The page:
When I was in grade school my father often took me to Los Angeles’ historic district. He had a business friend who had an office there. My dad would bring me along and let me explore Olvera Street, which had great souvenirs, music and delicious Mexican food, all of which I found irresistible. (My mother, however, wasn’t exactly thrilled when I returned home with no appetite for dinner.)

My childhood was in L.A. and my adult life has been in Santa Monica. Both cities are filled with Hispanic history. Los Angeles is Spanish for “The Angels” since its founding in 1850, and Santa Monica is Spanish for “Saint Monica,” the mother of St. Augustine, a sinner who became a saint and great writer of the Faith.

There’s a tall, white statue of Saint Monica in Palisades Park. And, at 725 California, there’s St. Monica Church, and St. Monica High School, which was founded in 1899 and consistently excels in academic and sports.

The point of all this (there better be one) is that I considered myself fairly well informed about Hispanic culture. But, until this week, I didn’t know there was a National Hispanic Heritage Month, which, as it happens, begins Sunday. So much for “well informed.”

I was puzzled why National Hispanic Heritage Month is celebrated in the latter half of one month and through the first half of the next. I discovered it starts on September 15th to correspond with the independence of Costa Rica, El Salvador, Guatemala, Nicaragua, Mexico, and Chile. Meanwhile, communities across the U.S., Canada and Latin America, will mark the achievements of Hispanic and Latino Americans with festivals and educational activities.

My connection to the Hispanic culture deepened in 2004 when I read an article in the L.A. Times “Was This Woman Railroaded?” The story chronicled the tragic life of Modesta Avila who, at 21, in 1889 San Juan Capistrano, boldly stood up to the Sante Fe Railroad, which had run track 15 feet from her front door without compensation.

In protest, Modesta strung a clothesline across the track and later planted a sign on the tracks, “This land is mine!” In a rigged trial, Modesta became the first woman sent to San Quentin and died 3 months before her release. However, in 2002, the same railroad applied for a second line that would run through Capistrano. The young environmental activists discovered Modesta’s courageous protests and duplicated them as a rallying cry.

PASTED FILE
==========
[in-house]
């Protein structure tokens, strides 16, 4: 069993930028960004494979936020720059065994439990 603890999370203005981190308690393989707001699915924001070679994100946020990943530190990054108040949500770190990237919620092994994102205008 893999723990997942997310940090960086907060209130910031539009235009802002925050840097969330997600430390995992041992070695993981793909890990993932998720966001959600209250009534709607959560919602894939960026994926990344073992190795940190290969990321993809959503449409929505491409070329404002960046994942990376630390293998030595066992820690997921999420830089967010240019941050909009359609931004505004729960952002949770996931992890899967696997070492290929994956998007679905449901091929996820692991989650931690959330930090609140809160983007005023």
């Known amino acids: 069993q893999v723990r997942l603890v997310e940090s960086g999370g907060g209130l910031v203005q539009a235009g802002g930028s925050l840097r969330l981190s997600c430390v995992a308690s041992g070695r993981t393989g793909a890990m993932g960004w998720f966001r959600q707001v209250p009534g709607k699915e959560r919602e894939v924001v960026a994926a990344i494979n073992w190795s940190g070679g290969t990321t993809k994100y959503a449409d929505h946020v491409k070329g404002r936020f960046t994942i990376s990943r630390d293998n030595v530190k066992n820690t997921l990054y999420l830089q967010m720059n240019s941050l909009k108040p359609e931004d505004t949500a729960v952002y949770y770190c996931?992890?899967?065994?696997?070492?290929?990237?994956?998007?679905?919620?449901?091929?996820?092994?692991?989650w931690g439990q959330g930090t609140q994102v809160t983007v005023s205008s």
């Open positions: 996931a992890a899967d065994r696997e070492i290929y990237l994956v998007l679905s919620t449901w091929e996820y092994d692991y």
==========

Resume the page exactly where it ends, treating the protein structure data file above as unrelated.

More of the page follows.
Shockingly, the railroad was denied a 2nd line by a unanimous vote of the State Transportation Committee. I eventually wrote a screenplay, “Modesta – A Light Across Time,” because, even to this day, there are 911 calls describing her in a white dress, on moonlit nights at midnight, dancing barefoot on the tracks.

In 2011, I wrote another screenplay about another charismatic Mexican-American, 1950’s tennis legend, Richard (Pancho) Gonzalez, who was called the “Jackie Robinson of tennis” for breaking the color and class barriers in tennis. The title is “Fury and Grace,” as Richard had an abundance of both.

Born in 1928, the oldest of 7 children, Richard was raised in S. Central Los Angeles. When his father, Manuel, was 10, he and his father walked 600 miles from Mexico to Arizona, primarily at night to avoid the broiling heat and ruthless banditos. Manuel was tough and strict and Richard was rebellious, which was a tumultuous mix.

Completely self taught, at 20 and 21, Richard won the U.S. Championships in 1948 and in 1949, when he became the last player in the tournament’s history to come back from 2 sets to love down and win. Always controversial and volatile, Richard’s considered among the greatest players of all time, finishing #1 in the world for a record 8 times.

Lastly, in the spirit of the National Hispanic Heritage Month, is actor, stand-up comedian, filmmaker and playwright, John Leguizamo, in his hilarious (and educational) one-man play direct from Broadway, “Latin History for Dummies” at the Ahmanson Theater in downtown Los Angeles. The Tony and Emmy Award-winner who has also appeared in 75 movies and produced 10, gives the audience a “crash course” covering three continents and 3000 years of history.

The idea for the play came about when Leguizamo’s son was being bullied at school and mocked for his Latino heritage. Leguizamo, who was born in Bogotá, Colombia, remembered his youth in New York and also being bullied. Leguizamo used his extraordinary humor to escape getting beat up but he wanted his son to be able to fight back with facts.

A self-professed “ghetto scholar,” Leguizamo engaged in exhaustive research about Latinos that are not taught in the schools. The result is an undeniably entertaining, brilliantly funny and often poignant play whose time has definitely arrived. Meanwhile, I’m still thinking about the delicious food on Olvera Street.

To learn more, go to:www.nationalhispanicheritagemonth.org. For Richard Gonzalez and the work done in his name, go to www.panchofoundation.org. “Latin History for Morons” info go to www.Ahmasontheater.org. Jack is at jackdailypress@aol.com.